Harper's Encyclopedia of United States History (ed. Benson Lossing), Louisiana, (search)
....April 30, 1872 Conventions of the two wings of the Republican party at Baton Rouge, headed respectively by Packard and Pinchback. The Packard convention nominates William Pitt Kellogg for governor......June 19, 1872 Adjourned meeting of the Pinchback convention nominates P. B. S. Pinchback for governor......Aug. 9, 1872 Fusion of two wings of the Republican party by the State central committee nominates Kellogg for governor and Pinchback for Congressman-at-large......1872 Judge Durell, in December, declares Kellogg elected governor at election held......Nov. 4, 1872 Fusion legislature in the City Hall, New Orleans, impeaches and suspends Governor Warmouth......Dec. 11, 1872 Inauguration of Kellogg as governor, also of John McEnery, nominee of the Democratic reformers and liberals......Jan. 14, 1873 Members of McEnery legislature seized and marched to the guard-house by armed police......M arch 6, 1873 People submit to the Kellogg government at the point of
William Hepworth Dixon, White Conquest: Volume 2, Chapter 1: Louisiana. (search)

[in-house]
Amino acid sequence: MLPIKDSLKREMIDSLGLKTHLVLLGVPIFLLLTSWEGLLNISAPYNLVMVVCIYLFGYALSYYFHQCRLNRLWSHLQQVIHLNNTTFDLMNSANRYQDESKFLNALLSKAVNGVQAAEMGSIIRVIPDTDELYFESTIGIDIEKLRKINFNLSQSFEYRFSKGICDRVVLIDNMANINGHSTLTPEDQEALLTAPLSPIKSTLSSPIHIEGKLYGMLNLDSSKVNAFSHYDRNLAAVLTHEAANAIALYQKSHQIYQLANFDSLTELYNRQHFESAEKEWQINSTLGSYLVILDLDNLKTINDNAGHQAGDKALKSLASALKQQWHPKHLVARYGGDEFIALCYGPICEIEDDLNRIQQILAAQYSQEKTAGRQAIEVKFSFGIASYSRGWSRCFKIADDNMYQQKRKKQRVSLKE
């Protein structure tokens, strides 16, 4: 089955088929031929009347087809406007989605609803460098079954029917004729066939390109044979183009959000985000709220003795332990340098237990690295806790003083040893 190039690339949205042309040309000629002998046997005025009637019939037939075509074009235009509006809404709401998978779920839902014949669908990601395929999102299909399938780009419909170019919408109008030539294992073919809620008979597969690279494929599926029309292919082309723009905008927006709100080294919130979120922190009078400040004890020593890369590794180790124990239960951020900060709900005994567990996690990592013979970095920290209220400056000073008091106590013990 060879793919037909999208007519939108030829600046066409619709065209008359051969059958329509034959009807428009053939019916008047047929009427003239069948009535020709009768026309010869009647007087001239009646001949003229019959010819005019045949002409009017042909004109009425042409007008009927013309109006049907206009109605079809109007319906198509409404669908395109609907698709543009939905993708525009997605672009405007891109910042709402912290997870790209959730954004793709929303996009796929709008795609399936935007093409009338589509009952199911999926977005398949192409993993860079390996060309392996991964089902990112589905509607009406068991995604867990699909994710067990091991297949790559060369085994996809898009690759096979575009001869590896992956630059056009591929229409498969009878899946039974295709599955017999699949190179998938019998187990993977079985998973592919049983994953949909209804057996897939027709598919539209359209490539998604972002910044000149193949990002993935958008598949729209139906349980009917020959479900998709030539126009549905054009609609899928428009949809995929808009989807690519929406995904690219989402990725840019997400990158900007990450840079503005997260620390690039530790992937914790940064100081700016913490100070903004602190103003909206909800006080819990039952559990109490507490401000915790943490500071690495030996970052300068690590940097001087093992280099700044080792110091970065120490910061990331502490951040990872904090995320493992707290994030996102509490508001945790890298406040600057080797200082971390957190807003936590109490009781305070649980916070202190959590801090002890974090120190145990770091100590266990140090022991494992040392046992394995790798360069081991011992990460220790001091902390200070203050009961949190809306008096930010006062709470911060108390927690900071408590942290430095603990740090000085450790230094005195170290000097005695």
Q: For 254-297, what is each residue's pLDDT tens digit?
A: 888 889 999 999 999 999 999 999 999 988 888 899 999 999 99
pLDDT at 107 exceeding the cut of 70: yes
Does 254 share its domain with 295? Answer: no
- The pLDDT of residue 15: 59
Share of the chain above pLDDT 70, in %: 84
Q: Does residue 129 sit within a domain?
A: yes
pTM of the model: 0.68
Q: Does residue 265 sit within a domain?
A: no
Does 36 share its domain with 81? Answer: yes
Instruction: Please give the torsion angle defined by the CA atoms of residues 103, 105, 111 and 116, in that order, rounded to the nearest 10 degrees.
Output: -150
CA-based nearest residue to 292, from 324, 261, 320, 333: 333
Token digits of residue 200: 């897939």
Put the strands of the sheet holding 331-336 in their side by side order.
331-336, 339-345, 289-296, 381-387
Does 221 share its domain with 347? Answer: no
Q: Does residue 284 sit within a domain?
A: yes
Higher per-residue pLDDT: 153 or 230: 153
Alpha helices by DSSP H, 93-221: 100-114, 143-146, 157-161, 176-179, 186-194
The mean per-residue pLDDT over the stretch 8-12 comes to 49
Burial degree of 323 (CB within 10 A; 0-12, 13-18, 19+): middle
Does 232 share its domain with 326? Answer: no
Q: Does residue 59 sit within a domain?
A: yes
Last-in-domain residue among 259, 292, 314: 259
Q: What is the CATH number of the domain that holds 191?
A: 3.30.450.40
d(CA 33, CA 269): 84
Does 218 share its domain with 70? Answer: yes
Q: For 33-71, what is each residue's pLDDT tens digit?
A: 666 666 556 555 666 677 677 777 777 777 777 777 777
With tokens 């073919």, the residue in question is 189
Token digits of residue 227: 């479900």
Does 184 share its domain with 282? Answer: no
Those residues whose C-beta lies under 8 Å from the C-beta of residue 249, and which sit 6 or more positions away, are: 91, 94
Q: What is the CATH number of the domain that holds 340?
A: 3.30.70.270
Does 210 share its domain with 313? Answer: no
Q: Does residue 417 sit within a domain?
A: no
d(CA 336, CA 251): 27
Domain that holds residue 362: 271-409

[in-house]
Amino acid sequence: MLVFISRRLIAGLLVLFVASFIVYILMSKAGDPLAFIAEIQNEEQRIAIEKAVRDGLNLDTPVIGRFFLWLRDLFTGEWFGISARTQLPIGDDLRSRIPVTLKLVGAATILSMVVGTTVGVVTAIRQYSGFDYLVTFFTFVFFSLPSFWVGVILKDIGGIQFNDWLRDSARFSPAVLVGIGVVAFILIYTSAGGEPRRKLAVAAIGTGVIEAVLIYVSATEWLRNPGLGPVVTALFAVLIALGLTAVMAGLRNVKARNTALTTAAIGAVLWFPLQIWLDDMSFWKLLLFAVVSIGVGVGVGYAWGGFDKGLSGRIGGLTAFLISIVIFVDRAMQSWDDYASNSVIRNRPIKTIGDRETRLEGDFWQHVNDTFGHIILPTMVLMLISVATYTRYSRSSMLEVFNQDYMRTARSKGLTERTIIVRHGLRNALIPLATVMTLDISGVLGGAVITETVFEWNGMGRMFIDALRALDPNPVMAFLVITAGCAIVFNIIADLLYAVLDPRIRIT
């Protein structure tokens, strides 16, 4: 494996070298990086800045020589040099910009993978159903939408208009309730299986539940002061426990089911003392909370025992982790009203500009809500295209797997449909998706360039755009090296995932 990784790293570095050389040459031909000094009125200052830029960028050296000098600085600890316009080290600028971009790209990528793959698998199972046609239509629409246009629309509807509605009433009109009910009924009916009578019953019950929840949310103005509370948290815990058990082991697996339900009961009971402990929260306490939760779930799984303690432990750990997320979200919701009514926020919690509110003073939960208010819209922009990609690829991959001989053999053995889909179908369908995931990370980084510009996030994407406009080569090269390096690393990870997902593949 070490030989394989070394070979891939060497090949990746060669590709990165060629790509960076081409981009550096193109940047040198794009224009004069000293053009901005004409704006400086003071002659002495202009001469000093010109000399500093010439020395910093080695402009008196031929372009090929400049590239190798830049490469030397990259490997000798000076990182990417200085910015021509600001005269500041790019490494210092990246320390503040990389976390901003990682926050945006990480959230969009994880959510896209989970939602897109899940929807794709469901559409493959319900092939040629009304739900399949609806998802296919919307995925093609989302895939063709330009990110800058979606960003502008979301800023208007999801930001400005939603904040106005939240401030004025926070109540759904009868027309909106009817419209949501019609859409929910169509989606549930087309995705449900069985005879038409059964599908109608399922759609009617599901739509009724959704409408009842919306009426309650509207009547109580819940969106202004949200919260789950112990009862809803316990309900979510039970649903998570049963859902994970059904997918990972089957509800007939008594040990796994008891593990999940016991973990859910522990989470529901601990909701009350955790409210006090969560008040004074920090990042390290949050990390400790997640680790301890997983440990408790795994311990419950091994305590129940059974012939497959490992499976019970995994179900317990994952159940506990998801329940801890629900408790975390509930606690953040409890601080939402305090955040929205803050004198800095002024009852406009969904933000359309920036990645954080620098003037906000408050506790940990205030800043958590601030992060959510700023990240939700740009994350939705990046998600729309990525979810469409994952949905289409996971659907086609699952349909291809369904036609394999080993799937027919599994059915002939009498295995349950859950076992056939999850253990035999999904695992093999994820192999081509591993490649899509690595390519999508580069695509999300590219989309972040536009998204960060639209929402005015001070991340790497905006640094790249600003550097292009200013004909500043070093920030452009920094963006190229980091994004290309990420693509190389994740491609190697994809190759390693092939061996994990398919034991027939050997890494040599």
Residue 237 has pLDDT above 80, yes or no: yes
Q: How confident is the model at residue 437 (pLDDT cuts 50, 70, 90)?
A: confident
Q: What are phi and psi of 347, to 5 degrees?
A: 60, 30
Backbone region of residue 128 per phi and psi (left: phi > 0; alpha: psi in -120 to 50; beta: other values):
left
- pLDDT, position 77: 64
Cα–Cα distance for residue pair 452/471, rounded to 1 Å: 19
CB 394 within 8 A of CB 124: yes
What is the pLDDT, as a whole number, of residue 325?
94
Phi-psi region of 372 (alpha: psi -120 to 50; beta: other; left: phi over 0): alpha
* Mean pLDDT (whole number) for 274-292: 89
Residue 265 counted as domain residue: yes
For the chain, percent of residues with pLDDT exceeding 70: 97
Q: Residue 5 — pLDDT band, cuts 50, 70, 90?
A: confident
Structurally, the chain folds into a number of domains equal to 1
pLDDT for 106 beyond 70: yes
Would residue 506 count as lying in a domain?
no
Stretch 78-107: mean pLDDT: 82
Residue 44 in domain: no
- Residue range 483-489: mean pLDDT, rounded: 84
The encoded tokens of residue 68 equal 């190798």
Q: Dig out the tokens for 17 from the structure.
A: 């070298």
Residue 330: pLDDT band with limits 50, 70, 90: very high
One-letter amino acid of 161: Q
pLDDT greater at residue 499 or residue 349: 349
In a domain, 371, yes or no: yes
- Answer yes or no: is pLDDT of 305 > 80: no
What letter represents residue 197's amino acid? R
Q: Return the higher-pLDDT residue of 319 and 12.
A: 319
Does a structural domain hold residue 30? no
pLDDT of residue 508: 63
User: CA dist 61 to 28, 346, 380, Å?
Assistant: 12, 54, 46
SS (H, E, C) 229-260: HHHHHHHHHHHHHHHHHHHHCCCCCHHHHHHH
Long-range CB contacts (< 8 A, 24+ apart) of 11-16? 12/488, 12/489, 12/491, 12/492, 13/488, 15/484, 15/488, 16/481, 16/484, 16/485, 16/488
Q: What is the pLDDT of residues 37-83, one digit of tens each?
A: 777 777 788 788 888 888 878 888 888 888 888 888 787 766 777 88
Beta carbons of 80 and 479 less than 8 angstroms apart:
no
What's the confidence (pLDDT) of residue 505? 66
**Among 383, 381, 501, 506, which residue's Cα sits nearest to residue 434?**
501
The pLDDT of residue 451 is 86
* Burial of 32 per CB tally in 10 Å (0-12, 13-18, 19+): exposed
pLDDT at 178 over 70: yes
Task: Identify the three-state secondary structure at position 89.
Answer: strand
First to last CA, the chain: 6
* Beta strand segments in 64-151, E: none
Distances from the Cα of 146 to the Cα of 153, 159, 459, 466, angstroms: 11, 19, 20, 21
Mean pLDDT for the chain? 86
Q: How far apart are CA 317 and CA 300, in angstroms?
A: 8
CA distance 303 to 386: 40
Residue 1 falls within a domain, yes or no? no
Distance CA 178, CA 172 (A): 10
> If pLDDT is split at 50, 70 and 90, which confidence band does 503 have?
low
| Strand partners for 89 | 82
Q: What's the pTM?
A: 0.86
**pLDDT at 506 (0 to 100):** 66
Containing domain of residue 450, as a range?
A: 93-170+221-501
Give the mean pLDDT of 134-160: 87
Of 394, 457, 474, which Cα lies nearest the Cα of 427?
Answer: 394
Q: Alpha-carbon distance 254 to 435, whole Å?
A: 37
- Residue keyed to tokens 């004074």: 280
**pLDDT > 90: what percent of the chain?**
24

o opposition was expected by those Courts. Judge Durell, the only Federal magistrate in Louisiana, employed by an unscrupulous President; but Judge Durell was trying to get the Senatorship for Nortohis telegram on Wednesday night. Next evening, Durell sent for him to his private lodgings on import close the doors. When Billings had drawn and Durell signed his warrant, Packard left the two lawyeesident Grant, pretends to think that order of Durell lawful, or those proceedings of Packard just. s adopted and the Negro porter went before Judge Durell, not in open court, but in the Judge's lodgejudice of his claims-for five clear days! Judge Durell granted him an order in the terms set down.een compelled to own that the order made by Judge Durell on the application of Antoine was not only ics of Louisiana to the present hour! If Judge Durell had not signed that order, the legislature ace as reigns in Charleston and Raleigh. Judge Durell's order gave the partisans of Kellogg an ad[4 more...]